Jessica Lynch turned out to be a soldier worthy of the uniform, but not, as we were told she was, the poster child for women in the military. Hers was a great story when it broke. She was Sgt. York and Audie Murphy in skirts (although she mostly wore combat fatigues), spraying fire at the enemy with the ferocity of a warrior on fire.
Only later we learned that actually she hadn't fired a shot when her Humvee crashed and, severely wounded, she was quickly surrounded by the enemy. Wonder Woman morphed into Cinderella when American soldiers, all men, rescued her as she lay captive in a hospital held by hostile Iraqi troops.
Pfc. Lynch testified before the House Committee on Oversight and Government Reform the other day, displaying none of the bravado of certain senior female officers campaigning for women in combat. She had been there, done that and recognized her limitations. Jessica Lynch deserves the honor we pay to all young Americans, male and female, who wear the uniform. But Pfc. Lynch, never responsible for inventing or perpetuating the myth, scoffs at the Pentagon spinners who tried to turn her into "a little Rambo." Reporters and editors back home were eager to buy the Pentagon fairy tale of how she fought off her attackers, and they had a lot of company. Many people wanted her story to be true, to shut up once and for all the skeptics of women on the battlefield.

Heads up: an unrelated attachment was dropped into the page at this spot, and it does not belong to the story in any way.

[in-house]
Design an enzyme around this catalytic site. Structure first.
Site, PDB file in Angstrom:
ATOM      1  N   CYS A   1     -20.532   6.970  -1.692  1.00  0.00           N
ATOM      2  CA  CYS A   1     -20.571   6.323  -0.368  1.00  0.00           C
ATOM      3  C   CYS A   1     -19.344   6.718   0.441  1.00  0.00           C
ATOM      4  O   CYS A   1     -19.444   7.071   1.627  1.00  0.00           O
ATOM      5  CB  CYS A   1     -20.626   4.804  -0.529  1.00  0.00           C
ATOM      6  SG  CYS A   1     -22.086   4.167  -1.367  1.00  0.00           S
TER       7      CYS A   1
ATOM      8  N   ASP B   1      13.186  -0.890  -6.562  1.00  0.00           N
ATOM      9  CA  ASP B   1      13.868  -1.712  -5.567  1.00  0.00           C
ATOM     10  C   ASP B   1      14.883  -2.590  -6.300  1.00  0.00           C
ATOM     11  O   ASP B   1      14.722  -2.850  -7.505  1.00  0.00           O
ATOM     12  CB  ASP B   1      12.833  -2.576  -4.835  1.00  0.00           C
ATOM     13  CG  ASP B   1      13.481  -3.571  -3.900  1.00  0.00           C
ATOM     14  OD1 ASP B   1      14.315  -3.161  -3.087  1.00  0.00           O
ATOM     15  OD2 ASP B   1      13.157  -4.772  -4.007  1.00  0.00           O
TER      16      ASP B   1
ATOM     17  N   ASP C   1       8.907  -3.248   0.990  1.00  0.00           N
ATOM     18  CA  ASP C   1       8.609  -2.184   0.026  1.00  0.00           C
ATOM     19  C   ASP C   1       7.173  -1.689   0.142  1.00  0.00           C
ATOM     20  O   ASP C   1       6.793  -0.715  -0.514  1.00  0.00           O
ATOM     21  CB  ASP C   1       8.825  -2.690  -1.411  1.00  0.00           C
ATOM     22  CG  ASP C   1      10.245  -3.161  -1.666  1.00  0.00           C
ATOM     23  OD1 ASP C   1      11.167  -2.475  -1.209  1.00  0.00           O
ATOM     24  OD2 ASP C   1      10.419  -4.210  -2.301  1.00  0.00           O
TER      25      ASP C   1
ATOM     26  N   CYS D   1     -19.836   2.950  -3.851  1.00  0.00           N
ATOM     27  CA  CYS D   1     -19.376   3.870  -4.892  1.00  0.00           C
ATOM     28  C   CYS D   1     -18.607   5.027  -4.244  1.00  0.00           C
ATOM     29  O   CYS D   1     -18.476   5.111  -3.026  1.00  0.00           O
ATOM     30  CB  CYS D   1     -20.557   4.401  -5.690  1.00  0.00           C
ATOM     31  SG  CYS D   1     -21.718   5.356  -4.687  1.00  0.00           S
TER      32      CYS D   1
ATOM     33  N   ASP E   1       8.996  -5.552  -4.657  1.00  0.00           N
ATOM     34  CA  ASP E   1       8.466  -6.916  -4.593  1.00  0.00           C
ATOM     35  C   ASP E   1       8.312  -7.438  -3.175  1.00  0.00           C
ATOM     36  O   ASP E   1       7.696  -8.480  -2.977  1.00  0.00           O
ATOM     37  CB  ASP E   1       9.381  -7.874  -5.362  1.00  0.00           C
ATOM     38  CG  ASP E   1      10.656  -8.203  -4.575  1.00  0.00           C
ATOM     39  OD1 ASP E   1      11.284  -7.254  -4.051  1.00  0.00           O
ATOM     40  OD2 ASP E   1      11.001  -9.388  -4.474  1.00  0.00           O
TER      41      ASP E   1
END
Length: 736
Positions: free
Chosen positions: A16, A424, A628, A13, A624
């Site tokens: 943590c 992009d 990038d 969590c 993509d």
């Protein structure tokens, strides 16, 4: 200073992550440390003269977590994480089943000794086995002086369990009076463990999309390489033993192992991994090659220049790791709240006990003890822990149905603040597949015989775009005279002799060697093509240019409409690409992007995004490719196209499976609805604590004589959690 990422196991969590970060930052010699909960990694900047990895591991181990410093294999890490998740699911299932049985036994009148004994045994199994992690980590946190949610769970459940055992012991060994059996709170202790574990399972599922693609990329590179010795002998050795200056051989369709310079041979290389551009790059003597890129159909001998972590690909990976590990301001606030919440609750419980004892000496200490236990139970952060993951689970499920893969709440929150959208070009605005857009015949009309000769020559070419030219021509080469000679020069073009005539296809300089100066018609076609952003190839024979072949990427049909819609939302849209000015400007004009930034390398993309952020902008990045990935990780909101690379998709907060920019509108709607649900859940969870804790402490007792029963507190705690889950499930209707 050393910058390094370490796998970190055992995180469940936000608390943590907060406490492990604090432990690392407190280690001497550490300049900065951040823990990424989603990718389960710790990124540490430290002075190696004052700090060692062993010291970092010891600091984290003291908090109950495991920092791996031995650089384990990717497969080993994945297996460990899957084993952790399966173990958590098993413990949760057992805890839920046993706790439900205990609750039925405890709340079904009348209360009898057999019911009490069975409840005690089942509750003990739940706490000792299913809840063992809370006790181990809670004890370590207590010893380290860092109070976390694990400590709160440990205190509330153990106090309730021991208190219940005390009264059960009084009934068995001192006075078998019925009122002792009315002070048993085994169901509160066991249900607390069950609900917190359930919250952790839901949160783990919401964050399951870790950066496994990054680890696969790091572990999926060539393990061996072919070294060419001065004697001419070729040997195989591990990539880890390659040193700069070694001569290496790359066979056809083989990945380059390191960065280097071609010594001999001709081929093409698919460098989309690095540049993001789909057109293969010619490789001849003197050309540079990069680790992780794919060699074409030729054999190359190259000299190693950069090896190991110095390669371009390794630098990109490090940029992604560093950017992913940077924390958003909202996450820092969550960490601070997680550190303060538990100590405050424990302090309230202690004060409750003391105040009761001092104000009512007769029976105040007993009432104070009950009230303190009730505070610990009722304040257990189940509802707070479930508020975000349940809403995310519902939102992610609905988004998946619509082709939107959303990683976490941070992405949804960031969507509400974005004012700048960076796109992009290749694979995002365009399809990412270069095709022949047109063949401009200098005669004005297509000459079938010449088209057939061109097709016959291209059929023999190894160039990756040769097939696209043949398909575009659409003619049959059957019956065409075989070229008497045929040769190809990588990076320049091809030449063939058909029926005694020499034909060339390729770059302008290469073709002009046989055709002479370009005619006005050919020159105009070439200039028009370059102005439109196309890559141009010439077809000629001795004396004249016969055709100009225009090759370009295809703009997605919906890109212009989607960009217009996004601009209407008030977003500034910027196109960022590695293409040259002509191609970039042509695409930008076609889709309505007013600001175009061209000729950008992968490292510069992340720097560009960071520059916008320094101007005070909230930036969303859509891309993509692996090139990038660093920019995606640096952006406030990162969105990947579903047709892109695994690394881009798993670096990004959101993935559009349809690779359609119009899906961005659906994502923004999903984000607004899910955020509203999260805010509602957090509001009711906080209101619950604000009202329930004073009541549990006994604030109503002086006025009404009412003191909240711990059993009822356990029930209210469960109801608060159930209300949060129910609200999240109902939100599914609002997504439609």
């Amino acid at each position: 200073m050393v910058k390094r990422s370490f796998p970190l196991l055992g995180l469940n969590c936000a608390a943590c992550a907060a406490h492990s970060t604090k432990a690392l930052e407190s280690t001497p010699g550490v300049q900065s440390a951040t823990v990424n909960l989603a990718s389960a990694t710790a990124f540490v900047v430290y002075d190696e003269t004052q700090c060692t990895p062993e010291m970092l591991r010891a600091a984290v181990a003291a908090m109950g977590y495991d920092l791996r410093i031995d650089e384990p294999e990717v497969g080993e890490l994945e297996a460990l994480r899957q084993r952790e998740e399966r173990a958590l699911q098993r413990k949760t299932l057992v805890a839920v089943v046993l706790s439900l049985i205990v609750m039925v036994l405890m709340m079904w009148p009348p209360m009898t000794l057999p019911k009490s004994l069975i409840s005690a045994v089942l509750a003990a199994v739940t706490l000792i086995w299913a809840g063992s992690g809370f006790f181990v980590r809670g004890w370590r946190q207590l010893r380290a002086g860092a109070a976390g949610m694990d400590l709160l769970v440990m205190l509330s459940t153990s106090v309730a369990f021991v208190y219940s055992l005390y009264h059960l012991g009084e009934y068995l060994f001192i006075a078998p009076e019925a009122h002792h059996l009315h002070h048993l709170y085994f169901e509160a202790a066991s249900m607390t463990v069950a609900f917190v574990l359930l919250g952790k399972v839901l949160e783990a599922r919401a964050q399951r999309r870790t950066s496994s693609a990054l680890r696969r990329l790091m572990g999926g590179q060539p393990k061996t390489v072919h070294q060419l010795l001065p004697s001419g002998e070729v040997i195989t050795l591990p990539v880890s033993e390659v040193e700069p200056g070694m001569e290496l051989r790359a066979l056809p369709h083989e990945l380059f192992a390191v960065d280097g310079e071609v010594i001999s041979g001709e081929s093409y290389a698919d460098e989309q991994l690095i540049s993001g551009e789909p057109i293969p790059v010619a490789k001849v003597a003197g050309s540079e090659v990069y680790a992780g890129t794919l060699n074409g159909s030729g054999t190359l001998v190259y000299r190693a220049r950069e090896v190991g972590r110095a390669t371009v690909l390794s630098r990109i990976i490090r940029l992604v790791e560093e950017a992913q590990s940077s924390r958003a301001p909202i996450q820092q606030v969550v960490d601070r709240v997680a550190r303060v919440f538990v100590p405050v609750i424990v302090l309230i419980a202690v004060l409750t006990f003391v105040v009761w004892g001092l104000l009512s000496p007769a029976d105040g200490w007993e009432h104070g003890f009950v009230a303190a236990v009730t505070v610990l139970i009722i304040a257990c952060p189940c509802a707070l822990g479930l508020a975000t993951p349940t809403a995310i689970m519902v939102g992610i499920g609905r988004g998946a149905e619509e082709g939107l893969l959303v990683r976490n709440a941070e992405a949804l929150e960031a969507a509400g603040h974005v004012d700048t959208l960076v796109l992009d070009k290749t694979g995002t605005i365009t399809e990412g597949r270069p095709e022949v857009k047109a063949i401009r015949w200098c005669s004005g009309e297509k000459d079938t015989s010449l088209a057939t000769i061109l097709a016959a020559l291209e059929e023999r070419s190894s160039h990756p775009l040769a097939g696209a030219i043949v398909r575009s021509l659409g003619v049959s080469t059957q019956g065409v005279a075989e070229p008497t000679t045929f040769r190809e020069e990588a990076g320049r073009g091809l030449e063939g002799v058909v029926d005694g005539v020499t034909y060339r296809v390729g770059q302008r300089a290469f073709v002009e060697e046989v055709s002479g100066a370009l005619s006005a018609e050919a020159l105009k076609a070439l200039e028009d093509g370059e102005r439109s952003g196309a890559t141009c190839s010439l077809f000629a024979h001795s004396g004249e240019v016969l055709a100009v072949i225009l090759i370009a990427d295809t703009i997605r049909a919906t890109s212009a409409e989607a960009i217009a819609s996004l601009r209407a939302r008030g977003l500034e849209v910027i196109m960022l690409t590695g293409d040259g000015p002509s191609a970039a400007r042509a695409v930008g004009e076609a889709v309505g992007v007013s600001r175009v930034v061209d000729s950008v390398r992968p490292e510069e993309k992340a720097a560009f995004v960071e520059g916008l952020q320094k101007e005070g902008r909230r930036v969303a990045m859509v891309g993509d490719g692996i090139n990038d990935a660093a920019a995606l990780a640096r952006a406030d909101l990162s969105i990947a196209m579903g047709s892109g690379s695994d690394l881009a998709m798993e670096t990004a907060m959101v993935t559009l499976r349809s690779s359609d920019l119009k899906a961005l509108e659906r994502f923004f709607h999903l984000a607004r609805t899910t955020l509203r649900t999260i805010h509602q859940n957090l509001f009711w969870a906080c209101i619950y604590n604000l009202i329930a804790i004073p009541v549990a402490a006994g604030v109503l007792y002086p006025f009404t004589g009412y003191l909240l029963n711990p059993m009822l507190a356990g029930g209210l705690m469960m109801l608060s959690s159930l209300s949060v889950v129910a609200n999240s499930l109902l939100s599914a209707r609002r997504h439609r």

The generals depend on young women to make the all-volunteer Army work. Women rode to the rescue when both quantity and quality of the armed forces fell after the end of the draft. The generals have been willing to put up with surprise pregnancies, constant arguments over sexual harassment and even the inherent physical limitations of women because the alternative is resumption of the draft. In the present climate, they know that's not going to happen. Women have inevitably moved closer to combat, partly because of the nature of the war in Afghanistan and Iraq, and partly through the deceit of politicians, both Republican and Democrat. To get women to the battlefield they just redefine "battlefield."
As the decade of the '70s wore on, writes RAND senior fellow Bernard Rostker in his book "I Want You! The Evolution of the All-Volunteer Force," the Army found that "women, with their generally higher educational attainment, superior performance on intelligence tests, and lower incidence of disciplinary problems could substitute for some of the high quality men who weren't signing on."